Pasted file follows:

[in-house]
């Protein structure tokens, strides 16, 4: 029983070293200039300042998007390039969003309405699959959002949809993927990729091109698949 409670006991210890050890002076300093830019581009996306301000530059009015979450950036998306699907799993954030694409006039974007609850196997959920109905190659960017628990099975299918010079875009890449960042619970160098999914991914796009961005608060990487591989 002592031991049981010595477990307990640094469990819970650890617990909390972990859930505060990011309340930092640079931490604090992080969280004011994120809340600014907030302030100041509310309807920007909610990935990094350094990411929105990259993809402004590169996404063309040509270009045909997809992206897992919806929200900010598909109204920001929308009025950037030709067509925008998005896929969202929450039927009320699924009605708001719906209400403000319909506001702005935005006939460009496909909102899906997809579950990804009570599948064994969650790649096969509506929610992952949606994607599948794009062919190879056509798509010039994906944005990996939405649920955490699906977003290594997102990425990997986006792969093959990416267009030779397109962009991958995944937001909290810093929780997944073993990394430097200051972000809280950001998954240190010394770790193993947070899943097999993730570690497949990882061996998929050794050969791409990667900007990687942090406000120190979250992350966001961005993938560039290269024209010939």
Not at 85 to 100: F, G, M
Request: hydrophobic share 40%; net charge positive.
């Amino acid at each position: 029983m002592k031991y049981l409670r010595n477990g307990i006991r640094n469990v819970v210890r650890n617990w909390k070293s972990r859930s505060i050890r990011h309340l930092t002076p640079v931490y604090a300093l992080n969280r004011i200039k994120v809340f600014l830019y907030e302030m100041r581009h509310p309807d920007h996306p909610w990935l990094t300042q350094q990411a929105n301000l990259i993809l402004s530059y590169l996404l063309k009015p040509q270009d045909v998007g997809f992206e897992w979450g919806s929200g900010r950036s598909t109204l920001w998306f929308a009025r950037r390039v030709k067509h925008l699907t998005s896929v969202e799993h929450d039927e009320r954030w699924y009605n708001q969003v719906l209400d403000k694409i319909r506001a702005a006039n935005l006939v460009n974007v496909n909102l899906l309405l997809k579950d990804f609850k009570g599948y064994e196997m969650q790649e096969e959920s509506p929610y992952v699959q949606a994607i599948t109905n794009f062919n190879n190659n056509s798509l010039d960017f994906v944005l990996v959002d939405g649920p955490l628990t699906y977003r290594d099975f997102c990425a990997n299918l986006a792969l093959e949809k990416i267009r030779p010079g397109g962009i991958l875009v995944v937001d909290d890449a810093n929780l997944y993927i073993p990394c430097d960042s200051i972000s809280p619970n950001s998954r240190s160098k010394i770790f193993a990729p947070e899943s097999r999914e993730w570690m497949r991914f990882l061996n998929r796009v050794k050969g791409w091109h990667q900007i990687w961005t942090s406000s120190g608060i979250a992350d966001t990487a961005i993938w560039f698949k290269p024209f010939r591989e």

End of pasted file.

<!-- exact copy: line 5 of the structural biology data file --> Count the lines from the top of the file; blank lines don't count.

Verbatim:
């Amino acid at each position: 029983m002592k031991y049981l409670r010595n477990g307990i006991r640094n469990v819970v210890r650890n617990w909390k070293s972990r859930s505060i050890r990011h309340l930092t002076p640079v931490y604090a300093l992080n969280r004011i200039k994120v809340f600014l830019y907030e302030m100041r581009h509310p309807d920007h996306p909610w990935l990094t300042q350094q990411a929105n301000l990259i993809l402004s530059y590169l996404l063309k009015p040509q270009d045909v998007g997809f992206e897992w979450g919806s929200g900010r950036s598909t109204l920001w998306f929308a009025r950037r390039v030709k067509h925008l699907t998005s896929v969202e799993h929450d039927e009320r954030w699924y009605n708001q969003v719906l209400d403000k694409i319909r506001a702005a006039n935005l006939v460009n974007v496909n909102l899906l309405l997809k579950d990804f609850k009570g599948y064994e196997m969650q790649e096969e959920s509506p929610y992952v699959q949606a994607i599948t109905n794009f062919n190879n190659n056509s798509l010039d960017f994906v944005l990996v959002d939405g649920p955490l628990t699906y977003r290594d099975f997102c990425a990997n299918l986006a792969l093959e949809k990416i267009r030779p010079g397109g962009i991958l875009v995944v937001d909290d890449a810093n929780l997944y993927i073993p990394c430097d960042s200051i972000s809280p619970n950001s998954r240190s160098k010394i770790f193993a990729p947070e899943s097999r999914e993730w570690m497949r991914f990882l061996n998929r796009v050794k050969g791409w091109h990667q900007i990687w961005t942090s406000s120190g608060i979250a992350d966001t990487a961005i993938w560039f698949k290269p024209f010939r591989e």